Root Cause Tip: Safeguards and Traffic Accidents
In 1963 William Haddon wrote “A Note Concerning Accident Theory & Research with Special Reference to Motor Vehicles” in the Annual of The New York Academy of Sciences. This marked the start of “energy transfer” theory.
What did Haddon’s work lead to? The development (by the System Safety Development Center at EG&G in Idaho) of a new analysis technique: Barrier Analysis. Next, Linda Unger and Mark Paradies modified Barrier Analysis to develop the TapRooT® technique Safeguards Analysis. This development history is interesting but what can we learn from this history that is useful for current investigations?
First, the origin of Safeguards Analysis from motor vehicle accident research may be why Safeguards Analysis is so effective for traffic accident investigation. Safeguards Analysis does a great job showing how few safeguards are in place to prevent traffic accidents. One often finds that the “goodness” of the driver (their alertness, competence, and/or judgment) was all that stood between an accident and no accident.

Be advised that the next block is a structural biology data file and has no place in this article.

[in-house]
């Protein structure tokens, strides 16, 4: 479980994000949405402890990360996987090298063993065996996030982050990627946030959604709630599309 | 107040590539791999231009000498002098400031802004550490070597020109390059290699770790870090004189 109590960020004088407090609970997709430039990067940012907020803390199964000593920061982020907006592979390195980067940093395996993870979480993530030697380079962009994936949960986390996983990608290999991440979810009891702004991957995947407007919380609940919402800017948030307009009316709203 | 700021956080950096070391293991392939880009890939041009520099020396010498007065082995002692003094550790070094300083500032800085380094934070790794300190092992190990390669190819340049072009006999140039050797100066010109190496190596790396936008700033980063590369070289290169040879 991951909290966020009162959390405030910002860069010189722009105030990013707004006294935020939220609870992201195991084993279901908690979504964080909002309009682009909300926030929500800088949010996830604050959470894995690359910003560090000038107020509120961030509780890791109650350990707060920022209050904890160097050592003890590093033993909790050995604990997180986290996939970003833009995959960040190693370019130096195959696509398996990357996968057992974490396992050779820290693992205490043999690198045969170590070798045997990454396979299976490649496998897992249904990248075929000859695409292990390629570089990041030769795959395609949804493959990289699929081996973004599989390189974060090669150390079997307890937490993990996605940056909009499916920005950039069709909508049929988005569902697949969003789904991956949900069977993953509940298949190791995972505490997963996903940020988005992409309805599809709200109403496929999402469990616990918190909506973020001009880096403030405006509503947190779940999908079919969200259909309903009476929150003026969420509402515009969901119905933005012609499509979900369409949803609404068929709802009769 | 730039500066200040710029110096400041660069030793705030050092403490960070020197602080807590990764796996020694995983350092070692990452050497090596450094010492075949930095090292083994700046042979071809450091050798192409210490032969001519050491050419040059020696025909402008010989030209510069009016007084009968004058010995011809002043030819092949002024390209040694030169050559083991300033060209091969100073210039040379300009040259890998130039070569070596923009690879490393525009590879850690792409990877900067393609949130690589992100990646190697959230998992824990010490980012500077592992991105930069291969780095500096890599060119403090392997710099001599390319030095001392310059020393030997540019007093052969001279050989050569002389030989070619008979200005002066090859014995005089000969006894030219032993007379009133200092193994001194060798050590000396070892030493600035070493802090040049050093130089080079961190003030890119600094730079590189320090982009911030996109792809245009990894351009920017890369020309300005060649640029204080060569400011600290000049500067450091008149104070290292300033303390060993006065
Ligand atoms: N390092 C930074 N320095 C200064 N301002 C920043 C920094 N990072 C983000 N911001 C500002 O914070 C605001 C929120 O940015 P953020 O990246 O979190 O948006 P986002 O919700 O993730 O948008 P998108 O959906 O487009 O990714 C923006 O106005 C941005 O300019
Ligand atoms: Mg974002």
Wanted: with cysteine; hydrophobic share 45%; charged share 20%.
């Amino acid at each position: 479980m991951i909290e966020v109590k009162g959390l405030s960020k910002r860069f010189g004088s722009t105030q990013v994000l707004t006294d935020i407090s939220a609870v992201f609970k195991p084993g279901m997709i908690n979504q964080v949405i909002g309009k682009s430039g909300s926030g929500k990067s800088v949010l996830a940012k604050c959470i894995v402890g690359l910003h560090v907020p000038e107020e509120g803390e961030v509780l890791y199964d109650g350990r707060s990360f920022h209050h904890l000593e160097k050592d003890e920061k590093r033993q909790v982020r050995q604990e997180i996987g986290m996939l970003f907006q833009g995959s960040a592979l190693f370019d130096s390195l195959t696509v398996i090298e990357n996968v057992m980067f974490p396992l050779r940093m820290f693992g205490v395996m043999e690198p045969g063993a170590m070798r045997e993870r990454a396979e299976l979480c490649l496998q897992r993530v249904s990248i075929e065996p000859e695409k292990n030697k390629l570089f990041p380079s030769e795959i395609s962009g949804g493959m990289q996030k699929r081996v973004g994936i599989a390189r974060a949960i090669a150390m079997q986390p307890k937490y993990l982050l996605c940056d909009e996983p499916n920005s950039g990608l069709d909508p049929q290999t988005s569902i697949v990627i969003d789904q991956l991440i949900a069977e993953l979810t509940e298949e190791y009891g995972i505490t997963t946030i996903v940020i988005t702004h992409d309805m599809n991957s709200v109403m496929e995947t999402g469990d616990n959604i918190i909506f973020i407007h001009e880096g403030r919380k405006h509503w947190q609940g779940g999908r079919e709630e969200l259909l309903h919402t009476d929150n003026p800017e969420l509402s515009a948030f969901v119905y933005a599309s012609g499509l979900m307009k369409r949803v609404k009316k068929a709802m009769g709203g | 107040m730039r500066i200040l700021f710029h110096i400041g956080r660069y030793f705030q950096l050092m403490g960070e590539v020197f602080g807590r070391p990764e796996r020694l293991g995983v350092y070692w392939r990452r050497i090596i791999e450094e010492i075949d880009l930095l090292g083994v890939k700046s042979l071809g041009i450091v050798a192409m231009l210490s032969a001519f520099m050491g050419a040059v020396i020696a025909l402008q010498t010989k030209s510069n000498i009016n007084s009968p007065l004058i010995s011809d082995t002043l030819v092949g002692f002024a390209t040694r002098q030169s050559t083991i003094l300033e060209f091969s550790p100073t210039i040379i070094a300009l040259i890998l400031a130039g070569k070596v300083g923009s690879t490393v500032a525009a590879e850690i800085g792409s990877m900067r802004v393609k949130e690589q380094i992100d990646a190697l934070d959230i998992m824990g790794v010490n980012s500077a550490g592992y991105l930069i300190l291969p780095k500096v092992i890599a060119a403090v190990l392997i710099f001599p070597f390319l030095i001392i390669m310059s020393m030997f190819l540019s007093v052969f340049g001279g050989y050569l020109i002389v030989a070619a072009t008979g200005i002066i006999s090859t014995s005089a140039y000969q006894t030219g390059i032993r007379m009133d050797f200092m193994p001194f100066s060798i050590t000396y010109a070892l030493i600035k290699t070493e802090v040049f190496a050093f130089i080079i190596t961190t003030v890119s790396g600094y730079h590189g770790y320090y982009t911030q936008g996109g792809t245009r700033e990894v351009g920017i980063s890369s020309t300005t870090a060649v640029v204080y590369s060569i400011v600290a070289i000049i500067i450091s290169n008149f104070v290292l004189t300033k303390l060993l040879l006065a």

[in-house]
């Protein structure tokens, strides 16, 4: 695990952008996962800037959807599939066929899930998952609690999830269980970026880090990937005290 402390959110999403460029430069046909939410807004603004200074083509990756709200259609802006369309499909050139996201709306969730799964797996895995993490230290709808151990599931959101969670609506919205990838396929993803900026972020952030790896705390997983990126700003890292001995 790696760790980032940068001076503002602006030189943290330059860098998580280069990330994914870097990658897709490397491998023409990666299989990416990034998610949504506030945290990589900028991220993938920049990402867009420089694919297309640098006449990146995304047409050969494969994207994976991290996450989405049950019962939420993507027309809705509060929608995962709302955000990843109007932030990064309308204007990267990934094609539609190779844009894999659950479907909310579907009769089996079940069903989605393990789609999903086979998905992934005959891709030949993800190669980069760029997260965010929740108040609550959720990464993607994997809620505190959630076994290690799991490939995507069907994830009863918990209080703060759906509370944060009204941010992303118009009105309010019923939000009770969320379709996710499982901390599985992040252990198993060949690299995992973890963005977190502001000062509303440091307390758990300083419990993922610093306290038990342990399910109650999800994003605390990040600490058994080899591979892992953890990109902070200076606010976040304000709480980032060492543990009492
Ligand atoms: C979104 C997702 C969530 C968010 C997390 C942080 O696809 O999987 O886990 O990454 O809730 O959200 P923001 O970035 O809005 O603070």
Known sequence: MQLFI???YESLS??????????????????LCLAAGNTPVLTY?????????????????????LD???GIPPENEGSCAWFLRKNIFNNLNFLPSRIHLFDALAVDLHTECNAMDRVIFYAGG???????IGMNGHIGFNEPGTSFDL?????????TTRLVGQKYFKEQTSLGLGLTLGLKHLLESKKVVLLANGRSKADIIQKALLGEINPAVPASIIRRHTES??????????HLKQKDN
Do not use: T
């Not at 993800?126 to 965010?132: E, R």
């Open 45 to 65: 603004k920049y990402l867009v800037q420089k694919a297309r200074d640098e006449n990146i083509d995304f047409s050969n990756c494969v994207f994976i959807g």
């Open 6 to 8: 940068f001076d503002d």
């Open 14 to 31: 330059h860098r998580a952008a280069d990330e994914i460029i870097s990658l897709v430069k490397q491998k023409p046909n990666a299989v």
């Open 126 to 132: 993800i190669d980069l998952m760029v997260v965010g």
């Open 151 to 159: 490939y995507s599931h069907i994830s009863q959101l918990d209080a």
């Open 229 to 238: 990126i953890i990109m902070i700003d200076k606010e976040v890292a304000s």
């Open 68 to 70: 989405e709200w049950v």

Second, Safeguards Analysis shows the relationship between administrative control safeguards and human actions. Administrative controls (laws, traffic controls, …) require human action to make them work. For example, a red light doesn’t stop a car. The red light lets drivers know that THEY are required to stop. The driver must take action to comply with the light’s instructions (and avoid an accident). So the safeguard is a combination of an administrative control and human action.
Finally, Safeguards Analysis may show that instead of concentrating efforts on improving the driver, one may want to act to add additional safeguards to keep the hazard away from the target. In high hazard or high accident locations, this may mean modifying roads to add new, innovative safeguards that will prevent collisions instead of providing more driver training or adding new features to cars to reduce injuries after an accident occurs.